To paddle a canoe, two paddlers must work in unison while also managing their own tasks and needs. A steering stroke does not work without a power stroke. Each role is of equal importance while also being unique.
Balancing in a boat in not the same as on land. If a paddler chooses to stand in a canoe, they may tip the boat. Examining past practices and adjusting to new surroundings is essential.
Go with the flow. But also know when it is the right moment to alter your path and fight the current, for the good of yourself and your community.
Play with the water. It is both powerful and filled with joy. A smash will bring a laugh.
A bent piece of aluminum separates a paddler from the air to the water. If a paddler respects both the canoe and the water, the paddler can then trust that they will stay at the surface. Respect and trust are intertwined and inseparable.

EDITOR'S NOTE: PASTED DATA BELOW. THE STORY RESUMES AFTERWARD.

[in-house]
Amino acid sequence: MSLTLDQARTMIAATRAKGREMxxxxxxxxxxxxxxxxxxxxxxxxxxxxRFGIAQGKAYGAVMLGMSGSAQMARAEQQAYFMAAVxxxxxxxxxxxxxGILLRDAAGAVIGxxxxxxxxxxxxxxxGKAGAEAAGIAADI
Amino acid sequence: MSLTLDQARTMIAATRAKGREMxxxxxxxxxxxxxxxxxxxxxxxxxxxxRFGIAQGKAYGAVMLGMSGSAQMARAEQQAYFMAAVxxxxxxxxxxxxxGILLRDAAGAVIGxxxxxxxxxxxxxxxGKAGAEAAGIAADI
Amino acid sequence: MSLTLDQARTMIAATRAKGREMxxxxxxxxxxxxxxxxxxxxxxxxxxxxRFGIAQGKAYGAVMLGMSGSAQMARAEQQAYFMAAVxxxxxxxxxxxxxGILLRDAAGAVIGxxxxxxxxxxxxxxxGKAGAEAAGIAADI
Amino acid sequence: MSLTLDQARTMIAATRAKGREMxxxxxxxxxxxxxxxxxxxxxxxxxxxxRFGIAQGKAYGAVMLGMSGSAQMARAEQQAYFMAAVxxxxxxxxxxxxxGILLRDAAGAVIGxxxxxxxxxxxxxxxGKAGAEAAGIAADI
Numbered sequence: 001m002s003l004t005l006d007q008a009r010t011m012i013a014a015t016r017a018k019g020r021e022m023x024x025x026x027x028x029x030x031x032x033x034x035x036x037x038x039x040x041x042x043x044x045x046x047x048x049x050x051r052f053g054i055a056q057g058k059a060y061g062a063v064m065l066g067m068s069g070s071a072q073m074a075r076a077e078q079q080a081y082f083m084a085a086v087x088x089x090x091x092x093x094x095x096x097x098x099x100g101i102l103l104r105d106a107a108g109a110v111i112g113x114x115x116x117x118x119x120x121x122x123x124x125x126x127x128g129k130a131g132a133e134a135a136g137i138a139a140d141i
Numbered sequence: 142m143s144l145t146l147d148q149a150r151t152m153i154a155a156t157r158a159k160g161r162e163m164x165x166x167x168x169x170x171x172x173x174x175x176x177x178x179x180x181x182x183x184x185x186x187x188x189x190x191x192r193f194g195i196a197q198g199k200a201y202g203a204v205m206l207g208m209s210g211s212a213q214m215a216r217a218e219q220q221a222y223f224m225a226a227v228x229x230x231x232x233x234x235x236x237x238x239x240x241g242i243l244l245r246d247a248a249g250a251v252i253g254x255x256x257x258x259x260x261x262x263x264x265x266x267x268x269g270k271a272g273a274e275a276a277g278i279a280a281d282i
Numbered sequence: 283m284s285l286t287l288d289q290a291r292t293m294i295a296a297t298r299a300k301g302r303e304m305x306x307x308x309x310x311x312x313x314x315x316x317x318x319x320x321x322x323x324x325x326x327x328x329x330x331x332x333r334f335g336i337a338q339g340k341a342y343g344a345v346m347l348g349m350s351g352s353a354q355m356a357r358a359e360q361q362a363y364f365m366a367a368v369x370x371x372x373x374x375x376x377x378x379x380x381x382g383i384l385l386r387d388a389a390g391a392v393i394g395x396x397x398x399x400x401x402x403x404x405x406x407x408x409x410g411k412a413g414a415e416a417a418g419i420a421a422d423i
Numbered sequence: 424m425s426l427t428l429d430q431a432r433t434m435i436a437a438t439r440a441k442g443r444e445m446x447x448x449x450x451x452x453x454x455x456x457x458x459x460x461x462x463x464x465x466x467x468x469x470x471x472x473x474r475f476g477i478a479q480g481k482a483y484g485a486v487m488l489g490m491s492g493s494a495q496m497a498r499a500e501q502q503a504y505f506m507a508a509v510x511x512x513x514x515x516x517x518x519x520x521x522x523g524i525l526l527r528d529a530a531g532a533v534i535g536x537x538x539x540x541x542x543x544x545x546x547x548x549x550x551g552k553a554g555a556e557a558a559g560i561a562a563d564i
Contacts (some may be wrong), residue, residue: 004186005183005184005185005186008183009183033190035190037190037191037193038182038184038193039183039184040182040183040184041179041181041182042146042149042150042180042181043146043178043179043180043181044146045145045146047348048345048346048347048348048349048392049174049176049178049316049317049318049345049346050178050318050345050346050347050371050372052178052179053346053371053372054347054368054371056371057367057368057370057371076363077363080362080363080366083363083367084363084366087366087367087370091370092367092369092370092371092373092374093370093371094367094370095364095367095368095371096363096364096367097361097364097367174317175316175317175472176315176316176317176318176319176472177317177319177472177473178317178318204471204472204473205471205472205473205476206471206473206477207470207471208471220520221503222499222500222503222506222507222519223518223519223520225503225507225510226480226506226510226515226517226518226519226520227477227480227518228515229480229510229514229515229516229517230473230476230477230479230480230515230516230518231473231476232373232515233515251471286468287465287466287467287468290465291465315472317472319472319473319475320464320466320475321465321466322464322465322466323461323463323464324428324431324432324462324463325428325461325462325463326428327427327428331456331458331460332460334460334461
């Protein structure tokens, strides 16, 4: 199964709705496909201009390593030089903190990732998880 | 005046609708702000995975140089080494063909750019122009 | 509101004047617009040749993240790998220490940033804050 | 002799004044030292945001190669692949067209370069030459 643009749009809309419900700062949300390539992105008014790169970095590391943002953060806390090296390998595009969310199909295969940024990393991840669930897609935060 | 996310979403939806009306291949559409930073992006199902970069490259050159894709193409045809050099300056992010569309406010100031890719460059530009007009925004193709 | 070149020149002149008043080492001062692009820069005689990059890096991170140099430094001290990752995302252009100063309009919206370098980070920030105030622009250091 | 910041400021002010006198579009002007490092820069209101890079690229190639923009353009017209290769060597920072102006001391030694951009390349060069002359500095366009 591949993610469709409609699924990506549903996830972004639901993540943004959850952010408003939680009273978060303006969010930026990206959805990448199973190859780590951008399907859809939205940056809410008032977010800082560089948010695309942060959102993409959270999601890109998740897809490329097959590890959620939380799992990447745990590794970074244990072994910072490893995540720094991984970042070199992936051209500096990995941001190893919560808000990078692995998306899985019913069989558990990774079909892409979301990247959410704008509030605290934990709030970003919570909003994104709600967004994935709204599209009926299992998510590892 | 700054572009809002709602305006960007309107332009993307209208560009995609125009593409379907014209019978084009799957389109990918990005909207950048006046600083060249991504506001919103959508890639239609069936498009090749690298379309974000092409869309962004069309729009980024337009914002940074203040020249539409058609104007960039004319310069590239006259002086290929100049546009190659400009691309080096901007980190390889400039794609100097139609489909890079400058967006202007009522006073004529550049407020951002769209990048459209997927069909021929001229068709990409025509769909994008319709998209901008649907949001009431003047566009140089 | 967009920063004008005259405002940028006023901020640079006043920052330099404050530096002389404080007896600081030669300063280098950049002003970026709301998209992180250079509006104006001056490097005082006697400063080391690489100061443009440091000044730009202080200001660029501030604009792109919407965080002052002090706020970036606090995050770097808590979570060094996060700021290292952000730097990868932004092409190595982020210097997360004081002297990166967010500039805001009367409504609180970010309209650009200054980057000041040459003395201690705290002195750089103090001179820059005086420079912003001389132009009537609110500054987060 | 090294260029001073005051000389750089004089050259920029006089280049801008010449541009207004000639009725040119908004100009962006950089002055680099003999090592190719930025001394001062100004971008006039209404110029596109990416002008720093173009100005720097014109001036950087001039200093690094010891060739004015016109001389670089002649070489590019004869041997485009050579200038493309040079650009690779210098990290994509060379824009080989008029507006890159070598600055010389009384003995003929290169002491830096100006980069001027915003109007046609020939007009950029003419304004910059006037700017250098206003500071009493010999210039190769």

Care for the people, care for the land, care for the water. A paddler must extend their care past just what they can see. This water flows to other spaces, our actions affect well beyond just that moment.
I grew up in the midwest, where the last glaciation period flattened the land and then carved countless rivers and lakes, filling them with fresh water as the glaciers retreated. My family took advantage of these waters in the building of our family. We ventured out together on little daytime canoe adventures, always with my dad who had also learned to canoe in his own childhood in the midwest.
Canoeing with my dad taught me many life lessons. It was a part of the foundation that built my family and shaped who I am.
Fast forward to the present, during program orientation the CRBS Dragons crew headed out on our own canoe adventure on the Colorado River. After a bit of instruction on paddle strokes and boat parts, we paired up in twos and loaded into our vessels for an adventure on the Colorado River, the namesake waterway of our 10 week exploration.
These canoes taught us lessons. These canoes brought us joy. These canoes have become a part of building our Dragons family. We will hold on to these lessons and these memories as we navigate the remaining 9 weeks ahead.
I am grateful to be a part of this Dragons family.